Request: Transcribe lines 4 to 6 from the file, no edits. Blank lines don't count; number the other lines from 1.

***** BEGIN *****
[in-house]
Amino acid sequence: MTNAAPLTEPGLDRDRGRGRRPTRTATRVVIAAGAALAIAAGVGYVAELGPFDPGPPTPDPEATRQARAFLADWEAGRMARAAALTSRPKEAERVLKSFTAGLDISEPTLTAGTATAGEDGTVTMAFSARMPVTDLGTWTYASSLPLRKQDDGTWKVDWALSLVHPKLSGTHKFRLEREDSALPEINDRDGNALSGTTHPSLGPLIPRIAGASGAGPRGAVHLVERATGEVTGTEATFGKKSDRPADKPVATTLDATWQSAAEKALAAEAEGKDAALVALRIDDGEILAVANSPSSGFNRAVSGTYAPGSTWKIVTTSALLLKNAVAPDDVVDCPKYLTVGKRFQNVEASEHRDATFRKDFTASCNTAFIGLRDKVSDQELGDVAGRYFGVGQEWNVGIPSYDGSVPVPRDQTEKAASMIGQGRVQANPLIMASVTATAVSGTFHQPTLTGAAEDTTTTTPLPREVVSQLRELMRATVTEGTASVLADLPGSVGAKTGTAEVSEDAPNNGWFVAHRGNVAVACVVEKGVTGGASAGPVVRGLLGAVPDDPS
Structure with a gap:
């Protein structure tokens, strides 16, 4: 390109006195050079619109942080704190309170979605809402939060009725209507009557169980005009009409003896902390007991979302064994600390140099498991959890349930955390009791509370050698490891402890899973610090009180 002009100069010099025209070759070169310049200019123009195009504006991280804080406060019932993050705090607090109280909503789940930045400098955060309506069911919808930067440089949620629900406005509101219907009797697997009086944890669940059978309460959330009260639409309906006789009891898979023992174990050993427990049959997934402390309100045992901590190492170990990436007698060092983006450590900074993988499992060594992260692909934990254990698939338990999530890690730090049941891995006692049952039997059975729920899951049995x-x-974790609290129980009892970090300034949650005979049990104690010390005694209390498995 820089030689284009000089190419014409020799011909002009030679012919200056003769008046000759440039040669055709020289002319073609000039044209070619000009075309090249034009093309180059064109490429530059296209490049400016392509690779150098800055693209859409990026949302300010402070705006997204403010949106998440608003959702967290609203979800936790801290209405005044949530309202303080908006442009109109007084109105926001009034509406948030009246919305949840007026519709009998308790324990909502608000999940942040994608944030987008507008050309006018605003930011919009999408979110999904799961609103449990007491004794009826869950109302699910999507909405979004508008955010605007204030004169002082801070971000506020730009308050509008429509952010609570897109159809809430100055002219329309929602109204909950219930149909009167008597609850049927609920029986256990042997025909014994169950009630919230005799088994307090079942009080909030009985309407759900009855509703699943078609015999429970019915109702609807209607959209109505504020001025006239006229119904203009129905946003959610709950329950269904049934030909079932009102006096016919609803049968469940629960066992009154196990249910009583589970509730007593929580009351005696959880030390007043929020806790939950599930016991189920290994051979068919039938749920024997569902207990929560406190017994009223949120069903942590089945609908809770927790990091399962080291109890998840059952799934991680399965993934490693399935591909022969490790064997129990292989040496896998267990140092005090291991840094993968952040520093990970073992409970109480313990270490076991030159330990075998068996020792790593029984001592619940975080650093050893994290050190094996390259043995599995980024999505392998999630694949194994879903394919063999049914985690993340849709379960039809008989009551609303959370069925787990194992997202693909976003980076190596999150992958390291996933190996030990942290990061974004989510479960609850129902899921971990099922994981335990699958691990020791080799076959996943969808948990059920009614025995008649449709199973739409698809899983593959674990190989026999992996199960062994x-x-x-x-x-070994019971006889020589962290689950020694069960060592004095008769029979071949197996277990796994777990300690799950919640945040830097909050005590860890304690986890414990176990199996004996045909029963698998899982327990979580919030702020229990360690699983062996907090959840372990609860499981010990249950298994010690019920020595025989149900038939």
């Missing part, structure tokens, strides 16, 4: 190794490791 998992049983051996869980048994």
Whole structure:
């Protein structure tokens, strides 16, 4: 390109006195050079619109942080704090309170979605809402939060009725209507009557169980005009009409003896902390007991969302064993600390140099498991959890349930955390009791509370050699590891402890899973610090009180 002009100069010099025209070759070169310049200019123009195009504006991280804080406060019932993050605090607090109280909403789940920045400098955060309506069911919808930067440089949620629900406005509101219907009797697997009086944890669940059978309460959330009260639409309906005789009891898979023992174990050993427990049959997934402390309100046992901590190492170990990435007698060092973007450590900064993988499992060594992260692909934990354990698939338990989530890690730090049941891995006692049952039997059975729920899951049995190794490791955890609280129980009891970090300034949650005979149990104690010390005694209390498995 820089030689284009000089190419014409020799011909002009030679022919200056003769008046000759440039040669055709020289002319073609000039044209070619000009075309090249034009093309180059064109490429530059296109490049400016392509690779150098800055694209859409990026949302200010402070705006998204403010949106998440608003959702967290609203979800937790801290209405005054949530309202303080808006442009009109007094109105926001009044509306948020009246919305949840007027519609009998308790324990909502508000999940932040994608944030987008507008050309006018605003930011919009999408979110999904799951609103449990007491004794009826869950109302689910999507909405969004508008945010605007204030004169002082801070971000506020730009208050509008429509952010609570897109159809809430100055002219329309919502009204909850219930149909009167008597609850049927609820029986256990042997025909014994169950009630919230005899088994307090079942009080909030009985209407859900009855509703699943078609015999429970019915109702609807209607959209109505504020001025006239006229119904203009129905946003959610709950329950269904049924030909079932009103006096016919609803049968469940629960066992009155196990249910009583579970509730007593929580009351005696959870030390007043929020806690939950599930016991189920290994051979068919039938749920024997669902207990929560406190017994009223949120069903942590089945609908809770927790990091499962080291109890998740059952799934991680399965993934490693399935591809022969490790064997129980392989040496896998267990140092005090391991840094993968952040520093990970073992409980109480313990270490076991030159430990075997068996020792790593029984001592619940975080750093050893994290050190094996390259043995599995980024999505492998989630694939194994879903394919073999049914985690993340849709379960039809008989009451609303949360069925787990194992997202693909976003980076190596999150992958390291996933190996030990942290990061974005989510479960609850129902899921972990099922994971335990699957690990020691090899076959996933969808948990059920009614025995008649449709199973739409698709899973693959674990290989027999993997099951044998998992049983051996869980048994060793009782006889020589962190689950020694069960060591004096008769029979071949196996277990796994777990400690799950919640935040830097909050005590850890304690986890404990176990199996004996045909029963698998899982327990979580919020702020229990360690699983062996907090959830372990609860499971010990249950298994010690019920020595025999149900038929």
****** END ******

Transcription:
């Protein structure tokens, strides 16, 4: 390109006195050079619109942080704190309170979605809402939060009725209507009557169980005009009409003896902390007991979302064994600390140099498991959890349930955390009791509370050698490891402890899973610090009180 002009100069010099025209070759070169310049200019123009195009504006991280804080406060019932993050705090607090109280909503789940930045400098955060309506069911919808930067440089949620629900406005509101219907009797697997009086944890669940059978309460959330009260639409309906006789009891898979023992174990050993427990049959997934402390309100045992901590190492170990990436007698060092983006450590900074993988499992060594992260692909934990254990698939338990999530890690730090049941891995006692049952039997059975729920899951049995x-x-974790609290129980009892970090300034949650005979049990104690010390005694209390498995 820089030689284009000089190419014409020799011909002009030679012919200056003769008046000759440039040669055709020289002319073609000039044209070619000009075309090249034009093309180059064109490429530059296209490049400016392509690779150098800055693209859409990026949302300010402070705006997204403010949106998440608003959702967290609203979800936790801290209405005044949530309202303080908006442009109109007084109105926001009034509406948030009246919305949840007026519709009998308790324990909502608000999940942040994608944030987008507008050309006018605003930011919009999408979110999904799961609103449990007491004794009826869950109302699910999507909405979004508008955010605007204030004169002082801070971000506020730009308050509008429509952010609570897109159809809430100055002219329309929602109204909950219930149909009167008597609850049927609920029986256990042997025909014994169950009630919230005799088994307090079942009080909030009985309407759900009855509703699943078609015999429970019915109702609807209607959209109505504020001025006239006229119904203009129905946003959610709950329950269904049934030909079932009102006096016919609803049968469940629960066992009154196990249910009583589970509730007593929580009351005696959880030390007043929020806790939950599930016991189920290994051979068919039938749920024997569902207990929560406190017994009223949120069903942590089945609908809770927790990091399962080291109890998840059952799934991680399965993934490693399935591909022969490790064997129990292989040496896998267990140092005090291991840094993968952040520093990970073992409970109480313990270490076991030159330990075998068996020792790593029984001592619940975080650093050893994290050190094996390259043995599995980024999505392998999630694949194994879903394919063999049914985690993340849709379960039809008989009551609303959370069925787990194992997202693909976003980076190596999150992958390291996933190996030990942290990061974004989510479960609850129902899921971990099922994981335990699958691990020791080799076959996943969808948990059920009614025995008649449709199973739409698809899983593959674990190989026999992996199960062994x-x-x-x-x-070994019971006889020589962290689950020694069960060592004095008769029979071949197996277990796994777990300690799950919640945040830097909050005590860890304690986890414990176990199996004996045909029963698998899982327990979580919030702020229990360690699983062996907090959840372990609860499981010990249950298994010690019920020595025989149900038939």
């Missing part, structure tokens, strides 16, 4: 190794490791 998992049983051996869980048994």
Whole structure: